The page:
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The Rise of Teenage Money Mules

Teenagers are being targeted by criminals in money laundering schemes wherein they are encouraged to give up their bank details in exchange for a percentage of illegal cash.

 

What is a money mule?

Money mules are individuals who give up their bank account details—either intentionally or unknowingly—to allow criminals to deposit large sums of money into their account. The money mule is then expected to withdraw the money and take it to a specified person, or is asked to make a bank transfer.

Usually, money mules get a percentage cut of the money they are laundering, but many are forced to act as money mules by threats of violence, whereas others are led to believe that they are fulfilling a genuine job role and do not realise that a crime is being committed.

Money laundering in any form is illegal in the United Kingdom. It is believed that criminals are targeting vulnerable teenagers because they can be easily convinced to hand over their bank details in exchange for a cut of the cash, and may not realise the true extent of the consequences they could face.

During the first half of 2017, over 4,000 young people under the age of 21 were found to be operating as money mules in the United Kingdom, and the consequences for these young people were severe.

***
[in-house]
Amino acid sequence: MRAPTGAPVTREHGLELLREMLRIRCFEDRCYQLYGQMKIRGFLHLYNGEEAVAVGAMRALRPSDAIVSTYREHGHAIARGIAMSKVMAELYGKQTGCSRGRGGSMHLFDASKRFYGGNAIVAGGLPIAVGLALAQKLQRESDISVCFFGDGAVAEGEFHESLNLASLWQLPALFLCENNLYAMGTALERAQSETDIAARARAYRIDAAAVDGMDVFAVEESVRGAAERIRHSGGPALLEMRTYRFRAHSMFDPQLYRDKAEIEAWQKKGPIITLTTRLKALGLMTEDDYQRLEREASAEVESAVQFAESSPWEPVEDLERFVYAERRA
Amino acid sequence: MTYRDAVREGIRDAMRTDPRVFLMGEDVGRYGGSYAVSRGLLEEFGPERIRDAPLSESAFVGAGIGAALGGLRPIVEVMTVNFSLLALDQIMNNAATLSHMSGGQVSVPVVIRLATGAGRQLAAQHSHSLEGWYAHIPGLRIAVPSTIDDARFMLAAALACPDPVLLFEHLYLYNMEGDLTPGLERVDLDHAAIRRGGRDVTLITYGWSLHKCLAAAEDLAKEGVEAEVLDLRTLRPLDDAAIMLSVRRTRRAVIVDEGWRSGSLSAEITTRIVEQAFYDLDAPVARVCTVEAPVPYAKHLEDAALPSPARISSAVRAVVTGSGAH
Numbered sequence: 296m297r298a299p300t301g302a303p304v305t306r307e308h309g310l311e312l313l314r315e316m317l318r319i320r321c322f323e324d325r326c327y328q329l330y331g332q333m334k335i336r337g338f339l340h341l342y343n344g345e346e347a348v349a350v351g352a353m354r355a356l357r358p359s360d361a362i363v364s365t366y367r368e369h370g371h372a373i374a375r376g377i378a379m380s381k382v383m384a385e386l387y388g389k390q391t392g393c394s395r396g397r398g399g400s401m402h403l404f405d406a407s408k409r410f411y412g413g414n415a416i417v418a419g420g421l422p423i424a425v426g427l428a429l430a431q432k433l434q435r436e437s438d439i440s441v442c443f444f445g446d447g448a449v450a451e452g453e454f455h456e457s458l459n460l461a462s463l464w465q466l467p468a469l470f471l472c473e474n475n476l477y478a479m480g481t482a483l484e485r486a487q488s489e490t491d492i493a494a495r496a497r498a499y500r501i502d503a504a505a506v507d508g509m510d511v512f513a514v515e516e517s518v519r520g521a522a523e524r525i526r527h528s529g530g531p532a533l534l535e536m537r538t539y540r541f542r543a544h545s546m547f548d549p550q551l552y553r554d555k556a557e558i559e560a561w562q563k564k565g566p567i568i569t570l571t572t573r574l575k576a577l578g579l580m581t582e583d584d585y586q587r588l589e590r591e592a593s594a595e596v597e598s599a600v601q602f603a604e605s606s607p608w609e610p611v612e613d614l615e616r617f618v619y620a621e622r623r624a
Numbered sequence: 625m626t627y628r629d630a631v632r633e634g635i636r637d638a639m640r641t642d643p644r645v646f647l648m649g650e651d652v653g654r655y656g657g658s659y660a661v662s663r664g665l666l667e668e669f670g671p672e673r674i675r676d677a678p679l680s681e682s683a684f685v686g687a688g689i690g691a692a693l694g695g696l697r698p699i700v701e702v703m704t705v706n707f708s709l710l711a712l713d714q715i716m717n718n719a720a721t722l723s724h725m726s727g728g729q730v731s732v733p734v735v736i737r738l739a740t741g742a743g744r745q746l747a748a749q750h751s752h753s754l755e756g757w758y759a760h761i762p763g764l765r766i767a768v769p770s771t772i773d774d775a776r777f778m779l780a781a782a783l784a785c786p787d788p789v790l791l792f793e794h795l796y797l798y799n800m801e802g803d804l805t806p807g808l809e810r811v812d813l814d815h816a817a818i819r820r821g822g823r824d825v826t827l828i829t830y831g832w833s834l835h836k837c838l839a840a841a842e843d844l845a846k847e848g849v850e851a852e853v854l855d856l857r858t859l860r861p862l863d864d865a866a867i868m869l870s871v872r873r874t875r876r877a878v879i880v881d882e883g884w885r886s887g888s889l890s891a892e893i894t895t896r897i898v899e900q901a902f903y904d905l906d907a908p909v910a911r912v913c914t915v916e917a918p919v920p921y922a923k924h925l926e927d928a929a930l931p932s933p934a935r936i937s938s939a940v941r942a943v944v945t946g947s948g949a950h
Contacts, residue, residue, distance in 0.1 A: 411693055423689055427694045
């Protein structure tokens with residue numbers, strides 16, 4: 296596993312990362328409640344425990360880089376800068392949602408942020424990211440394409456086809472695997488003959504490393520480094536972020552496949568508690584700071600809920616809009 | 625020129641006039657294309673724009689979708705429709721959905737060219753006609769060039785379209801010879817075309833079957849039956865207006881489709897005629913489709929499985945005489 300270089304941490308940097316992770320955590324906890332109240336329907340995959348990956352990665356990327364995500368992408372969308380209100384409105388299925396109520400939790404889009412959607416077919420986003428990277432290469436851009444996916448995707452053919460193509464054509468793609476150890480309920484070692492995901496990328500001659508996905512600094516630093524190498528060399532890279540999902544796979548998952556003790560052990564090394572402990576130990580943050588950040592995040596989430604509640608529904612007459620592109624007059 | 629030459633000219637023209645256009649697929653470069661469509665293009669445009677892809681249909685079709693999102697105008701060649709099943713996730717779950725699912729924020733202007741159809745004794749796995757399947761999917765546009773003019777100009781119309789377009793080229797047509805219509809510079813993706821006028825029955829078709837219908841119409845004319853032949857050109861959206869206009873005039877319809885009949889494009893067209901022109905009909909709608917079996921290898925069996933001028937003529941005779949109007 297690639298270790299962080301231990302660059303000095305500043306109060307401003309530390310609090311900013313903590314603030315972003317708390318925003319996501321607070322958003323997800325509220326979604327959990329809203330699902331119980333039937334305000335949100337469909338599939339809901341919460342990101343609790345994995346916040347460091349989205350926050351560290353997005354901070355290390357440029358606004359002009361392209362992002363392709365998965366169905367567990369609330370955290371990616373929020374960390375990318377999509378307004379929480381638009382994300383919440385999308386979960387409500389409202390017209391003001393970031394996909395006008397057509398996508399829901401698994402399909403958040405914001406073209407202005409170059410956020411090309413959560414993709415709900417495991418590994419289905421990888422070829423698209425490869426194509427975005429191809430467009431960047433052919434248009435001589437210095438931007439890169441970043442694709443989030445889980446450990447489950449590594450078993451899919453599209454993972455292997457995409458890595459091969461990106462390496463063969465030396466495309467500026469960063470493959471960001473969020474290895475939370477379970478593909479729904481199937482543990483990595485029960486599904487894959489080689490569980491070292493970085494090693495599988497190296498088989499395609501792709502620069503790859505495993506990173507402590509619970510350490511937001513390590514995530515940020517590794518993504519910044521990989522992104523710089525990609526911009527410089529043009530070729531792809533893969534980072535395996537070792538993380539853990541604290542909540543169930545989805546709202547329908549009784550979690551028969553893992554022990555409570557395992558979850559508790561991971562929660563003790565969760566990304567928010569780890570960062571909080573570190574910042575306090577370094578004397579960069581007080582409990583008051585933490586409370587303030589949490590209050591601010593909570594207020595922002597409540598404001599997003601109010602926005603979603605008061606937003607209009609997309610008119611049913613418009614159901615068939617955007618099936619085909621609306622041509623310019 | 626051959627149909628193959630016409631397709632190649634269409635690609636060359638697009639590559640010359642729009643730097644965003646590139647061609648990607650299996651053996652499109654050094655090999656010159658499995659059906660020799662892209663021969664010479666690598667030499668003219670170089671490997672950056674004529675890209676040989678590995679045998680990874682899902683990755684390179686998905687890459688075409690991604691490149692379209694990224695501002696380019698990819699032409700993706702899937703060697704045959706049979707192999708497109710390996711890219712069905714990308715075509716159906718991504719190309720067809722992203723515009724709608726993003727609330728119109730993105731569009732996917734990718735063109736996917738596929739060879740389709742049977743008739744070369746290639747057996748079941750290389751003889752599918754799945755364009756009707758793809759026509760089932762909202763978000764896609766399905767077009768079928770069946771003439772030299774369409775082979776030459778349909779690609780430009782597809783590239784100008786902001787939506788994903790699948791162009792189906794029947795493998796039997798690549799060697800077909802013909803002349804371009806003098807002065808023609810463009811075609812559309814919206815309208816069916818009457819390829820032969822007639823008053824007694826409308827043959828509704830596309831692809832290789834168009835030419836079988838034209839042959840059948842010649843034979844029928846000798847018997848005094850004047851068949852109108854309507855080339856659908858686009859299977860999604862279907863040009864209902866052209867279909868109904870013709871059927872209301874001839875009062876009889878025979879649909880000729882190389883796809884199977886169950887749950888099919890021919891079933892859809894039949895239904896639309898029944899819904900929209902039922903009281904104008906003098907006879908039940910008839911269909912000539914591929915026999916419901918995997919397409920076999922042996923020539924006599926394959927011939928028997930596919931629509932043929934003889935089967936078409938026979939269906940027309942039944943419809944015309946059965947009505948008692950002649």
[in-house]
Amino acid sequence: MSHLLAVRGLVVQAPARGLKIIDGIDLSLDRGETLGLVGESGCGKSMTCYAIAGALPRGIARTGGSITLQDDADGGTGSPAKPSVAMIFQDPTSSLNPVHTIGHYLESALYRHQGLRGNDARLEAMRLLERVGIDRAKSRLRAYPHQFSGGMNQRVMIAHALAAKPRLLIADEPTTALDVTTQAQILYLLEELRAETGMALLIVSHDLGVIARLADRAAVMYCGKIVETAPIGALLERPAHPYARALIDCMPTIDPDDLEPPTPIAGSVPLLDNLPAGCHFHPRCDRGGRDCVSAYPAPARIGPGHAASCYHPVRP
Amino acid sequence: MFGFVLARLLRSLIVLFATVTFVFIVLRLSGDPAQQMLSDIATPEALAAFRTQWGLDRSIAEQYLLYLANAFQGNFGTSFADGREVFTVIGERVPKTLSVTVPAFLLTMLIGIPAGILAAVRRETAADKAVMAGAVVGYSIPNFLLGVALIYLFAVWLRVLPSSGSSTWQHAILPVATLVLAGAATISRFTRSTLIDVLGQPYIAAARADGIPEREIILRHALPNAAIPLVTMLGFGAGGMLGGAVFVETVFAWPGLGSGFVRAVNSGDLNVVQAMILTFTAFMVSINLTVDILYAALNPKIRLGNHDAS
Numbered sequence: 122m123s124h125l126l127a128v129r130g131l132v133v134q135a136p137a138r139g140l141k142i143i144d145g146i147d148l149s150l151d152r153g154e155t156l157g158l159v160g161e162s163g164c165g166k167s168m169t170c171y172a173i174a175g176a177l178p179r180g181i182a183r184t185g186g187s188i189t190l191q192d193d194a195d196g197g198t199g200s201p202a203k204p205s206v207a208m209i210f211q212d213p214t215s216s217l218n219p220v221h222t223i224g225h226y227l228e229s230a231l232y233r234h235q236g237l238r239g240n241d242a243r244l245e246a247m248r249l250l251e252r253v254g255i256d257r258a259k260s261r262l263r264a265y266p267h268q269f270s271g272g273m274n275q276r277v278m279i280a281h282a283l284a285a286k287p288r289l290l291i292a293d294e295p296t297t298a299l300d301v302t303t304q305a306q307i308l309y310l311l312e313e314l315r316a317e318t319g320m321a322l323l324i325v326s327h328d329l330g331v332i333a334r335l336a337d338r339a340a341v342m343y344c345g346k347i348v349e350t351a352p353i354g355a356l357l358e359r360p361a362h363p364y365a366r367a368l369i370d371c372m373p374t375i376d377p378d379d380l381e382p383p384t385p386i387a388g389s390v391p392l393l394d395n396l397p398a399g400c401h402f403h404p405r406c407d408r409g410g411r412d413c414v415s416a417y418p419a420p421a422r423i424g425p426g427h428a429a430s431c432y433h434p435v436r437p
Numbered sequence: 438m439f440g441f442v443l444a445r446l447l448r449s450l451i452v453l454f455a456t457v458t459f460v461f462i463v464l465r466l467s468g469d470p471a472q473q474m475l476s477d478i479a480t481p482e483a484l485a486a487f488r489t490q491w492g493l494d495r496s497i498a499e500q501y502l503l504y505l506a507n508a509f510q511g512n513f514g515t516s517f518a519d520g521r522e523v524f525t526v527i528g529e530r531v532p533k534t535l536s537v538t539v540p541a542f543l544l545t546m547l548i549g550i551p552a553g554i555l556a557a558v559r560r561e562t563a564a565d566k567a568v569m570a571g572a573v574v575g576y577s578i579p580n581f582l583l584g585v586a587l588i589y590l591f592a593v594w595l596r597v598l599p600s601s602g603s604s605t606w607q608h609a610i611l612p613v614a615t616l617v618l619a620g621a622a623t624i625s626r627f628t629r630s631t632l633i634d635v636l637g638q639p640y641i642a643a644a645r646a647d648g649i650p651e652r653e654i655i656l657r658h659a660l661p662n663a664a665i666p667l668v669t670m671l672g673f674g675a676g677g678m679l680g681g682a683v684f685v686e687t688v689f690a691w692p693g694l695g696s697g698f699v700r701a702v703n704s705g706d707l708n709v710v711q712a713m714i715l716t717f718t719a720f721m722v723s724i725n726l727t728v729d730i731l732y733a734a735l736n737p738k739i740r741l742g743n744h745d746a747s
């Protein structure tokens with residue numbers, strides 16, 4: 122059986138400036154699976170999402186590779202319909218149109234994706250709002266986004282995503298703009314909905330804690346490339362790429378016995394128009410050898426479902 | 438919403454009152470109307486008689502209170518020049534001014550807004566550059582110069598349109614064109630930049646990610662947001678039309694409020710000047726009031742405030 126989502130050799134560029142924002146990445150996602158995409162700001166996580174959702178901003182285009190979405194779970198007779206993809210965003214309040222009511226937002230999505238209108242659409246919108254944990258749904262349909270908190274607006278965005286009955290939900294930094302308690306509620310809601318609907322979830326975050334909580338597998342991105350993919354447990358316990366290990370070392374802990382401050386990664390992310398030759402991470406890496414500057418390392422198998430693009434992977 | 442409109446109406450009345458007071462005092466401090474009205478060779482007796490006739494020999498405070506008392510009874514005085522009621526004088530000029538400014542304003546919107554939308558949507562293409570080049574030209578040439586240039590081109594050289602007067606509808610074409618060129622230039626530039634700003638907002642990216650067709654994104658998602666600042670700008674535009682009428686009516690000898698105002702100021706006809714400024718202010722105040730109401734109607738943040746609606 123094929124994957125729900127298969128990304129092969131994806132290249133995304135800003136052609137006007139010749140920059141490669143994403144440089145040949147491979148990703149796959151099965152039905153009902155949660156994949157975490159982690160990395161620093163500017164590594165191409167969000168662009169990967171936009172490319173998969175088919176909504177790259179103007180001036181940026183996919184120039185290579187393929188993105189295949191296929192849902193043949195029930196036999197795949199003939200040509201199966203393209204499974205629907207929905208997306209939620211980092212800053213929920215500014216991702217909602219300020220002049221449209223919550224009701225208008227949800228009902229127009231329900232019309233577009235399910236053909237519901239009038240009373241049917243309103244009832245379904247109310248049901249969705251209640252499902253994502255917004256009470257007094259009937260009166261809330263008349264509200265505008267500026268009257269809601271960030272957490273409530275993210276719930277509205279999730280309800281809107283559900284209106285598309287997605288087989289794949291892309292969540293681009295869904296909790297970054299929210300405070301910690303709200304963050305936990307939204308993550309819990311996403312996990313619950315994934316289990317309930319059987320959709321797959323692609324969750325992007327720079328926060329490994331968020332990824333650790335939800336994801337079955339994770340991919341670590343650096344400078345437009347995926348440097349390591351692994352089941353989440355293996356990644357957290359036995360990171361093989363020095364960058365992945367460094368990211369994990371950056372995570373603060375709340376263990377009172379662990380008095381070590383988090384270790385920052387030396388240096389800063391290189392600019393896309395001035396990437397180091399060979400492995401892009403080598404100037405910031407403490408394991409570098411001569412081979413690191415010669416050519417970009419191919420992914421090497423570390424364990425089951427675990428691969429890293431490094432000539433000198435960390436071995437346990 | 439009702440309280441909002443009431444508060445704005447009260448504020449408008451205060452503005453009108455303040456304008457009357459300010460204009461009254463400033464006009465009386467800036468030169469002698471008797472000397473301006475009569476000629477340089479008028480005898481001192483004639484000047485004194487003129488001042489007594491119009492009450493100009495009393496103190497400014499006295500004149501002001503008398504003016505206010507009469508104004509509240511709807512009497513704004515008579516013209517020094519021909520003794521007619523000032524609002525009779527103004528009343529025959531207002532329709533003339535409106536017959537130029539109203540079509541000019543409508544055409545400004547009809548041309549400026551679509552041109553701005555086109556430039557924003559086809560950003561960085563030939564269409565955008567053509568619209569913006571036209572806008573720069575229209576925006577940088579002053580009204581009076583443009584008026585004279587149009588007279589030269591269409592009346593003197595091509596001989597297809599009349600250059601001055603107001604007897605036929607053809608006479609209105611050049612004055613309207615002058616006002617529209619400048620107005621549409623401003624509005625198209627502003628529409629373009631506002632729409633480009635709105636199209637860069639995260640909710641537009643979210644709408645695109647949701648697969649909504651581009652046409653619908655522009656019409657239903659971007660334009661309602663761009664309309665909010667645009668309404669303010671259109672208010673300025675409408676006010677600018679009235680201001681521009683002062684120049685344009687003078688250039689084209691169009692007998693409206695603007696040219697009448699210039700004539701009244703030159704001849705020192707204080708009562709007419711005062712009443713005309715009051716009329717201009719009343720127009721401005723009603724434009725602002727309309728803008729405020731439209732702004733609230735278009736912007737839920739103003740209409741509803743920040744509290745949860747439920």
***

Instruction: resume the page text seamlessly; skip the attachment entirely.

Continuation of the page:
What are the consequences?

The consequences if found to be money laundering are severe. You could face imprisonment of up to 14 years, and in the very best of cases, your bank account will be closed and flagged as “misuse of facility”, which has a serious impact on your credit score and can make it extremely difficult to open a new bank account for years. Some young people who have been caught money laundering have been given a 6-year ban on opening a new bank account.

This level of consequence can obviously cause a variety of difficulties for young people at the start of their lives, particularly those studying at university who require a bank account in order to receive student loans, or young people looking for work who may be restricted to applying only for cash-in-hand jobs until they are able to open a bank account again.

 

What if you don’t know that you’ve been used as a money mule?

The consequences still remain for people who are unaware that they have been used as money mules. The excuse, “I didn’t realise what I was doing,” won’t stand in court. This is why it’s extremely important for parents to safeguard their children from being involved in money laundering crimes.

 

 

How do young people become money mules?

There are many circumstances under which a young person can become involved in money laundering.

There has been a recent spate of posts and profiles on social media that have been actively recruiting young people to get involved as money mules. Many of these posts make the crime sound like a job, promoting titles such as “UK Transfer Agent” and specifying that personal bank account details will need to be provided to carry out the role. There is usually a tempting promise of large sums of money in exchange for “an hour’s work”.